What to look out for at your first student house viewing
Make sure to look out for these key things during your first house viewings. Source: Claudio Divizia/Shutterstock

If you’ve just started your first year of university, picking your student housing outside of halls might seem like a lifetime away.

But trust me when we say it comes round fast! Before you know it you’ll be joining the thousands of other desperate students fighting off the competition to find your perfect home.

While the mad rush can often pressure people into making snap decisions, forcing them to sign a contract before they’ve really had a chance to consider their options. But once you’ve signed on the dotted line, your fate is sealed, so it’s important to have a few key things to look out for when doing the rounds.

These are easy to look over when you’re caught up the excitement of house viewings, but they will cost you in the long run.


A lot of the places you’re viewing will likely be older buildings and, in some cases, not particularly well maintained. This can leave them susceptible to damp.

Not only does it look horrible and can warp your walls, it is also incredibly dangerous. Damp and black mould can cause serious health problems, such as coughing and sneezing, rashes, chronic fatigue and persistent headaches. People with asthma or respiratory problems are especially susceptible.

Make sure you check the walls and ceiling, especially around windows and in the corners of rooms where damp commonly occurs. Look out for peeling paint or wallpaper. And ask to look behind wardrobes as landlords may try and hide the evidence.

Black spots near the window are a tell-tale sign of damp. Source: Imagentle/Shutterstock

Water pressure

Almost everyone falls for this one at some point. You find the perfect house and jump at the chance to get the contract signed before testing out the shower and taps.

As mentioned, these places may not be maintained to the highest standards so good water pressure might be a pipe dream (pun intended!)

Test out the shower in particular. When you’re sharing a big house and your housemates are taking ages in the shower because there’s only a dribble of water, you’ll regret not checking this out before moving in.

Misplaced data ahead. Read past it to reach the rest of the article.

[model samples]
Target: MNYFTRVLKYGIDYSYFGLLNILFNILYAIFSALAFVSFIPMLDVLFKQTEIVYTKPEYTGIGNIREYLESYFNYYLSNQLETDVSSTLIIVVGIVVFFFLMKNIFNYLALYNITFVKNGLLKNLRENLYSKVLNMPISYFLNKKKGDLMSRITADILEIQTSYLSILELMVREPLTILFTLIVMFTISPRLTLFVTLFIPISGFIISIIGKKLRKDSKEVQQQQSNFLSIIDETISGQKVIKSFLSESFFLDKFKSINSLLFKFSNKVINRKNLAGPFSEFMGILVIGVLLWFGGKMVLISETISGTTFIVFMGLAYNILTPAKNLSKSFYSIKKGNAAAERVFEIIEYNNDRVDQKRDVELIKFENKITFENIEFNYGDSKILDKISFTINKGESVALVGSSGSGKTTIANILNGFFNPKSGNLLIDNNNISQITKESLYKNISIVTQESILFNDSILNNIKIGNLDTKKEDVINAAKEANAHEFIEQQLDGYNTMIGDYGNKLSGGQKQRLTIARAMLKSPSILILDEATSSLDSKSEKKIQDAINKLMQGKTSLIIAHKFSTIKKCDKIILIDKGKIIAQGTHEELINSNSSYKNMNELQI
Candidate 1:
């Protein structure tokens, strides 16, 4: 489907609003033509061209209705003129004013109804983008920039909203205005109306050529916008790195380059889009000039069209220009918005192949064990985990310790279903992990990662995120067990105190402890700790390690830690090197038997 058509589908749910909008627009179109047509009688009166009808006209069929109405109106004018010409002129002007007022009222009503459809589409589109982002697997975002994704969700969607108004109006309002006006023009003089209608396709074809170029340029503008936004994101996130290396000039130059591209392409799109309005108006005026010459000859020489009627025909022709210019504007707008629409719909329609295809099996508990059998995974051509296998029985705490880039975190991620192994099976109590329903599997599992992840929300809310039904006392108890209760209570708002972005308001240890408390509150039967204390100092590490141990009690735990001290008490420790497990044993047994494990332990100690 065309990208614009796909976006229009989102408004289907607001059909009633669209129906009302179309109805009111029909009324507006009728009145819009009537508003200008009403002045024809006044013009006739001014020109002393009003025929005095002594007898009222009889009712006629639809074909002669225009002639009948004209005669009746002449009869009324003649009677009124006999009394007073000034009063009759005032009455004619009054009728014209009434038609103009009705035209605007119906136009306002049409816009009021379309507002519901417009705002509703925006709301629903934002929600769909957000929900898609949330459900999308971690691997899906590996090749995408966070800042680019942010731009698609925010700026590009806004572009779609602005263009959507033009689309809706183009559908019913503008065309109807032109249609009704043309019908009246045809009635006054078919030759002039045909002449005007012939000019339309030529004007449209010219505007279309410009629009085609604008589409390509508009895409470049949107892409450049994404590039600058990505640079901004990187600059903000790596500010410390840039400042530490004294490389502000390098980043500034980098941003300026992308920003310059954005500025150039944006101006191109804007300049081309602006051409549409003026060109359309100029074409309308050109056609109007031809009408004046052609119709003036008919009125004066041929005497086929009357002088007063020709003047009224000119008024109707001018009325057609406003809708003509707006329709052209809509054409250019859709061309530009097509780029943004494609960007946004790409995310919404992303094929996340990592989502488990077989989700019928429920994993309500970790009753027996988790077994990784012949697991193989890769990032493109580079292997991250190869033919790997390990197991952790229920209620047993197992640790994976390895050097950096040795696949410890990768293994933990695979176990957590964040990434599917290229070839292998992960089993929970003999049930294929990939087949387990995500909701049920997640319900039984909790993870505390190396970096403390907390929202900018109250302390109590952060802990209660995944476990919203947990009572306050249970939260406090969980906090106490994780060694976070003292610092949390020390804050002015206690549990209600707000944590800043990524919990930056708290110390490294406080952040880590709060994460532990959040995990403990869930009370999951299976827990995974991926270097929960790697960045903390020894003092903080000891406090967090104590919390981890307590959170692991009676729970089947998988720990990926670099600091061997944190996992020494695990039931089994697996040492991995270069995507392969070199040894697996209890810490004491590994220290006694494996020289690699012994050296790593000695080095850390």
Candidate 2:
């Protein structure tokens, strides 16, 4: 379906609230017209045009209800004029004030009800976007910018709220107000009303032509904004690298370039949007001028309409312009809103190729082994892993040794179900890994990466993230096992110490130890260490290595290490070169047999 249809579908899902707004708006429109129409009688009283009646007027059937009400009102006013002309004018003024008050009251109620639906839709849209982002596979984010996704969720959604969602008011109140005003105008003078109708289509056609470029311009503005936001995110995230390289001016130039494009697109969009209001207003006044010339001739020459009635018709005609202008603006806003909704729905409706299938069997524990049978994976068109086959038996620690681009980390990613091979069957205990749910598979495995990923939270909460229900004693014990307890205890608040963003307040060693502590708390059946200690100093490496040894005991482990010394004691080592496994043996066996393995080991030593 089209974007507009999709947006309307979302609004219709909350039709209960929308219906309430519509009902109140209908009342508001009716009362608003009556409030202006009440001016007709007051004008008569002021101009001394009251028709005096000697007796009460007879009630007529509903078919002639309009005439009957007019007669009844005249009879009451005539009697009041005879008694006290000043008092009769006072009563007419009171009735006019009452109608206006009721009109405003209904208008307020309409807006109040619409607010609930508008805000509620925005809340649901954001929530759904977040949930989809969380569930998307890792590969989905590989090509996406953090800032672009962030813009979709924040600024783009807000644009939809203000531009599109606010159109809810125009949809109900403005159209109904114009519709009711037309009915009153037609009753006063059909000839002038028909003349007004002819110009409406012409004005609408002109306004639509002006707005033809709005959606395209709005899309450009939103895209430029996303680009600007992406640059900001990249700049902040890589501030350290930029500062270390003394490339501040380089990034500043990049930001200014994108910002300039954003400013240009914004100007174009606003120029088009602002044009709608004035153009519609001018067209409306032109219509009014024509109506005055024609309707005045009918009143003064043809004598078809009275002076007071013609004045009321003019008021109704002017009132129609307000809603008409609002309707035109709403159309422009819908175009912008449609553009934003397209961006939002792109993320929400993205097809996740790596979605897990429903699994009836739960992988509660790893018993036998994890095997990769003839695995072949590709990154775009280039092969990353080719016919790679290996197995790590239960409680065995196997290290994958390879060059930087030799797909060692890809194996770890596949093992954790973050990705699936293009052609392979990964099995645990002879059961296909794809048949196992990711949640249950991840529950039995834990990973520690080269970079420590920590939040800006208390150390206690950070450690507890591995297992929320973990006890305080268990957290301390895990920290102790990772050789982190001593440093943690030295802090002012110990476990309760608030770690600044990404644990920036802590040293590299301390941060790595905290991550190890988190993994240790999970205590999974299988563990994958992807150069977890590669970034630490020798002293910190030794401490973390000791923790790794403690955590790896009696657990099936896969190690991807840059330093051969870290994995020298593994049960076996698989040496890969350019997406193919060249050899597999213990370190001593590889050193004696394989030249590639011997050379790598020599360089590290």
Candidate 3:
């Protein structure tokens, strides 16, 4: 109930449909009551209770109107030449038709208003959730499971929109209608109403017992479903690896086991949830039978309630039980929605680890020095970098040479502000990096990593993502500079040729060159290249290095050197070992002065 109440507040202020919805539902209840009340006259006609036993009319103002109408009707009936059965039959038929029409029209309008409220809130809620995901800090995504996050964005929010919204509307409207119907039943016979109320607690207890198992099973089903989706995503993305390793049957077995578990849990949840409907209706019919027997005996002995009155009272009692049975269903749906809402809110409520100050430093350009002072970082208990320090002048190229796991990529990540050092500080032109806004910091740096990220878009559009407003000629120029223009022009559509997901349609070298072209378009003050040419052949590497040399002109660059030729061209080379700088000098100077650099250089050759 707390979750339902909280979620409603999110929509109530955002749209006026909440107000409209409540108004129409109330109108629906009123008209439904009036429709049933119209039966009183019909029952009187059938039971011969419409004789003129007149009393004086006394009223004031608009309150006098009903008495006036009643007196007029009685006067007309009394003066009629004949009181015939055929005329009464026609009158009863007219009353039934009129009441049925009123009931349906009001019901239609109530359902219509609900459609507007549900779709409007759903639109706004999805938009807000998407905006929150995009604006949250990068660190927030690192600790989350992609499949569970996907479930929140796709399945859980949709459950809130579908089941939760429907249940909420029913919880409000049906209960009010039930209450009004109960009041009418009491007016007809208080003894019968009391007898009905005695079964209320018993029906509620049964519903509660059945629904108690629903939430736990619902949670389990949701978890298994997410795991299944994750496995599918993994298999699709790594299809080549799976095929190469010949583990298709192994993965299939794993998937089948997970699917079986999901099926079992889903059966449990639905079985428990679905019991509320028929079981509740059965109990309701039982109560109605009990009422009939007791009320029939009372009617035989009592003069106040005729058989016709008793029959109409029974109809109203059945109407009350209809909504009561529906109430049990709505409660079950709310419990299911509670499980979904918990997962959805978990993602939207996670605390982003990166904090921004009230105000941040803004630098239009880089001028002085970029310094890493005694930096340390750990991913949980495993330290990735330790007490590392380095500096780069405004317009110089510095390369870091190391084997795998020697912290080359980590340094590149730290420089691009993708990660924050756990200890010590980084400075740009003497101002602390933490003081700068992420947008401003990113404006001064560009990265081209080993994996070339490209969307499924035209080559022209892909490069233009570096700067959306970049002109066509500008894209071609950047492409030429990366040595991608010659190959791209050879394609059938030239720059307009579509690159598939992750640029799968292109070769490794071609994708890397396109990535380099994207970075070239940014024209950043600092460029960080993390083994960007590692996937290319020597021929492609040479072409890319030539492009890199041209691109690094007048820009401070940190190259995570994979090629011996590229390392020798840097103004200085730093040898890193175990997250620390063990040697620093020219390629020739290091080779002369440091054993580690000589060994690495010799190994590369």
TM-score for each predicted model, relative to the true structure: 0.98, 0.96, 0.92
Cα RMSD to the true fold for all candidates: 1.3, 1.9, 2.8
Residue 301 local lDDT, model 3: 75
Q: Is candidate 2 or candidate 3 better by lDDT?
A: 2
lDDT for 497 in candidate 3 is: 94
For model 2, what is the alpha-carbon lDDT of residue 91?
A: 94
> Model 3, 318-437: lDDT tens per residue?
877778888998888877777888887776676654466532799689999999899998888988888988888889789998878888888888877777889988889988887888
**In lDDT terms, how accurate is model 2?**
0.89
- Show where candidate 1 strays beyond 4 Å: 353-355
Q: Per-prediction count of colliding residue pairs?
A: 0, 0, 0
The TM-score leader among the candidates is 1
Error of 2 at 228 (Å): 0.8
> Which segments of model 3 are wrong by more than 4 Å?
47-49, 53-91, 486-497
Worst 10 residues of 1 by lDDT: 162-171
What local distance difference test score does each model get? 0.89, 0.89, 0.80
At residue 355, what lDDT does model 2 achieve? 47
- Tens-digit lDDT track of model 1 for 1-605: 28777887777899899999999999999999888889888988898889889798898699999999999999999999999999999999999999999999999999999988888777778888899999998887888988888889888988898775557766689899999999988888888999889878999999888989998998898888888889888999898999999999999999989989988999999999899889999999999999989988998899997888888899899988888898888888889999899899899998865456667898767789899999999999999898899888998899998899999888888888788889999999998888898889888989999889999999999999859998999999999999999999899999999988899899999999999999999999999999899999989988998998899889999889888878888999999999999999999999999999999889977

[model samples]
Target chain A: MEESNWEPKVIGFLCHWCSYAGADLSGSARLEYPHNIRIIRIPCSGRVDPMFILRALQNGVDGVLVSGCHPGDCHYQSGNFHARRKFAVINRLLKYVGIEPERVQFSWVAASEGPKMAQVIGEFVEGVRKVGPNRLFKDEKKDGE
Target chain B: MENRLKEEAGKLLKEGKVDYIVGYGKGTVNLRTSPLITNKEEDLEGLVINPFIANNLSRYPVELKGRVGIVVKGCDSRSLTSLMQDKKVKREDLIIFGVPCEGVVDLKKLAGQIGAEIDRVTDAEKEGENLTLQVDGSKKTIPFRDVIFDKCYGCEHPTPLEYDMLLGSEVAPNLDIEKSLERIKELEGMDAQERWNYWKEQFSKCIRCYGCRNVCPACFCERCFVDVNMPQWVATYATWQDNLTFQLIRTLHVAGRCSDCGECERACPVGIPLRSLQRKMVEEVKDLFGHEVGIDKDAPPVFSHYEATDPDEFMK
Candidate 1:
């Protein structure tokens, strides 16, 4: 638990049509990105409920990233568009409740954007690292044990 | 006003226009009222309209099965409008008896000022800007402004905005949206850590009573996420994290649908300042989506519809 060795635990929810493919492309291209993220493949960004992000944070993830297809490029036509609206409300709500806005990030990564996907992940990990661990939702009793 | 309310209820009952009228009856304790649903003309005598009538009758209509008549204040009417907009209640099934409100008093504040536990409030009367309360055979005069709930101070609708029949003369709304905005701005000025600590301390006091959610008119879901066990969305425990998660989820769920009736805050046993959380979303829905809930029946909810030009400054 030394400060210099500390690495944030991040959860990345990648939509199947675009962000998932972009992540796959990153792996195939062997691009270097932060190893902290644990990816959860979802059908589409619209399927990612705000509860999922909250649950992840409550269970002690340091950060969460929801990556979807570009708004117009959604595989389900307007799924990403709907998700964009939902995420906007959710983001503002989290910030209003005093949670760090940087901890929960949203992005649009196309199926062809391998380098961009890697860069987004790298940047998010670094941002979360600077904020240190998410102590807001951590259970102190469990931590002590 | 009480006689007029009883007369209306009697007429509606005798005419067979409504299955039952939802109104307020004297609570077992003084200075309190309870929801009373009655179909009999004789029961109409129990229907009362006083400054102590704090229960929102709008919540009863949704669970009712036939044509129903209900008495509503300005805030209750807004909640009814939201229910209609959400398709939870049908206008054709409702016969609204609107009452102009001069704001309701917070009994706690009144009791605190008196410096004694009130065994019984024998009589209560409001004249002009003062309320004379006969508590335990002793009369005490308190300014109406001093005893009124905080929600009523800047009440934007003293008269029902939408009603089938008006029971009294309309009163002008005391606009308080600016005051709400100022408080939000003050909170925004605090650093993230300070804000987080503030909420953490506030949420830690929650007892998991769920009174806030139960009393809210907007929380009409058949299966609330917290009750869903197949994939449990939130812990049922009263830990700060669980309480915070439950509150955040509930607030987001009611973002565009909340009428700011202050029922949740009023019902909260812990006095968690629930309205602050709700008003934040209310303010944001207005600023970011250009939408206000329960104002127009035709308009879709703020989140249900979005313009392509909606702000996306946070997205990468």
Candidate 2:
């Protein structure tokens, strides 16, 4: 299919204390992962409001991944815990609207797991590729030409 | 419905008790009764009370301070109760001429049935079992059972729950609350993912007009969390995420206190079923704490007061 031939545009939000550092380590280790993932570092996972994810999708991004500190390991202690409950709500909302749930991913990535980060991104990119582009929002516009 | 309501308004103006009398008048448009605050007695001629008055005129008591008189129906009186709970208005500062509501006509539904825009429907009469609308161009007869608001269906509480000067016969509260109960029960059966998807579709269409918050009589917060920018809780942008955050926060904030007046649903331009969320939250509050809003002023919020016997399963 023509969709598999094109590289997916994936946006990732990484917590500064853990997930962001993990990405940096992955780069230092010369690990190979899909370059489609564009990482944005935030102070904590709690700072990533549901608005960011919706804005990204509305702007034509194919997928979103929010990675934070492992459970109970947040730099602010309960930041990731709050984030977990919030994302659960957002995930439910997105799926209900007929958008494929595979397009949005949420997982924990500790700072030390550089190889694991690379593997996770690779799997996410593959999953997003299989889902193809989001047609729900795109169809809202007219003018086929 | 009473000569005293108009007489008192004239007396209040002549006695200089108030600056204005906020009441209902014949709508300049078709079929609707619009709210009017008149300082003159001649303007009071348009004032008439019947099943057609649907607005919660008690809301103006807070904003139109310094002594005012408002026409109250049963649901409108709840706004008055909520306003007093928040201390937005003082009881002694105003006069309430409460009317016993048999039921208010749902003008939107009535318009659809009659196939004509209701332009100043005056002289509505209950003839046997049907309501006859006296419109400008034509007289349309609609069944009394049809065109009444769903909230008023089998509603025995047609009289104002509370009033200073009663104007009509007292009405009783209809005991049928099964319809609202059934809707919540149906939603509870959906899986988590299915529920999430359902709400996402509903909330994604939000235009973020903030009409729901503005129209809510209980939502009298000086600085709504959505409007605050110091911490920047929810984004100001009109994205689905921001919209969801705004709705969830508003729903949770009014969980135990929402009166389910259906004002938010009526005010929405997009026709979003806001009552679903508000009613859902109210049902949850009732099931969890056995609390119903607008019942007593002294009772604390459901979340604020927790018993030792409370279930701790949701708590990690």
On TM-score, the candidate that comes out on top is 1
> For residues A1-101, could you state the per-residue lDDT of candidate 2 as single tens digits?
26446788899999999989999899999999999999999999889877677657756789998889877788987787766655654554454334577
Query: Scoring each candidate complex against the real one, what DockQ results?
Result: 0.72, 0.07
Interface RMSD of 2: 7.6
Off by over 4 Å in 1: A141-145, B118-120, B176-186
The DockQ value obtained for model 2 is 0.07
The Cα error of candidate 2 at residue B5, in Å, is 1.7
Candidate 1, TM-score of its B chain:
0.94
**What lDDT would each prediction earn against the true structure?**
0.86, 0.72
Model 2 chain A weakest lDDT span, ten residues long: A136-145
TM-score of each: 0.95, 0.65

Unwanted guests

Infestations are not uncommon in student housing and once you get one it can turn your life upside down.

Often due to the poor standards of previous tenants, student houses are susceptible to unwanted critters, including cockroaches, bed bugs, slugs, mice – you get the picture, nothing nice.

Landlords will understandably go out of their way to hide this during viewings but don’t be afraid to look in cupboards and inspect wooden headboards for any tell-tale signs like droppings, or holes.

Watch out for unwanted critters. Infestations are common in student housing. Source: Zuzha/Shutterstock

Get electrical

Similar to the shower point, check that light fittings and electrical appliances are in full working order as you make your way around the house.

If you’re going to be sharing with friends, bear in mind that appliances will have to cater to all of you so make sure they’re up to the task. A mini-bar-sized fridge ain’t gonna cut it in a house of six.

Getting appliances that are energy-efficient can also make a huge difference to your electricity bills which, in a shared house, can be an absolute killer for students.

You also want to make sure everything is safe with no loose wires or dodgy looking plug sockets.

What’s included?

While there’s nothing like looking around a beautifully furnished, fully decked out house to get you excited about the next step in your life. It can be a nasty shock when you move in to find the place gutted.

Make sure you double check with the landlord exactly what’s included in the inventory and what you’ll need to bring along yourself.

No one wants to be sleeping on the floor on their first night in a new home.

Liked this? Then you’ll love these…

Know Your Rights: What to do if your student accommodation is unsafe

What you should know about guarantors and private accommodation in the UK